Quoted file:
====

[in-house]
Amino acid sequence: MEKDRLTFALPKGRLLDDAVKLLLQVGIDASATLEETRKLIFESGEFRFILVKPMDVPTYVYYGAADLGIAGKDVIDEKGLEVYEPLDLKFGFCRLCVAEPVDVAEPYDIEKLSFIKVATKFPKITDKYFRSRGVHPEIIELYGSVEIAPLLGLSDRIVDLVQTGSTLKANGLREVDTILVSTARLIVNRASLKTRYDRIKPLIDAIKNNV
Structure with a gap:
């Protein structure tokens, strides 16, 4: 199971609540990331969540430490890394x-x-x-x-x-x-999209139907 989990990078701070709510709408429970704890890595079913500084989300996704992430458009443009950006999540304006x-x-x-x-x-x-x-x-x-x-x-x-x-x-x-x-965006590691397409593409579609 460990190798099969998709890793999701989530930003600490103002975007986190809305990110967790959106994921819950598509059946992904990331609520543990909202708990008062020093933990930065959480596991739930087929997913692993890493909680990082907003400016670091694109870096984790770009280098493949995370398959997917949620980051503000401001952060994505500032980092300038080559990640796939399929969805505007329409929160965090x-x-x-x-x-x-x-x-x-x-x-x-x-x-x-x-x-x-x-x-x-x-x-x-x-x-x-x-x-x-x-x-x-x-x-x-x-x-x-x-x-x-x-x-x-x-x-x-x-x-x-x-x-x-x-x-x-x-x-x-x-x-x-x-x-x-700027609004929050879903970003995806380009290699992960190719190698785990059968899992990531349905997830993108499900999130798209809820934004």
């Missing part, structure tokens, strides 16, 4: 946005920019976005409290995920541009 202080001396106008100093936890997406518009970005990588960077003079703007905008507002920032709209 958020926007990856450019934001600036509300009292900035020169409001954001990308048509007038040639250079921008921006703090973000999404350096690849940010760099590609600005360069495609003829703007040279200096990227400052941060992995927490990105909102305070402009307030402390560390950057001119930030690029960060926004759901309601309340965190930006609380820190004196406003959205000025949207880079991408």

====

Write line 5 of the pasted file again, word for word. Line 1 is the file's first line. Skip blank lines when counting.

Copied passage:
């Missing part, structure tokens, strides 16, 4: 946005920019976005409290995920541009 202080001396106008100093936890997406518009970005990588960077003079703007905008507002920032709209 958020926007990856450019934001600036509300009292900035020169409001954001990308048509007038040639250079921008921006703090973000999404350096690849940010760099590609600005360069495609003829703007040279200096990227400052941060992995927490990105909102305070402009307030402390560390950057001119930030690029960060926004759901309601309340965190930006609380820190004196406003959205000025949207880079991408």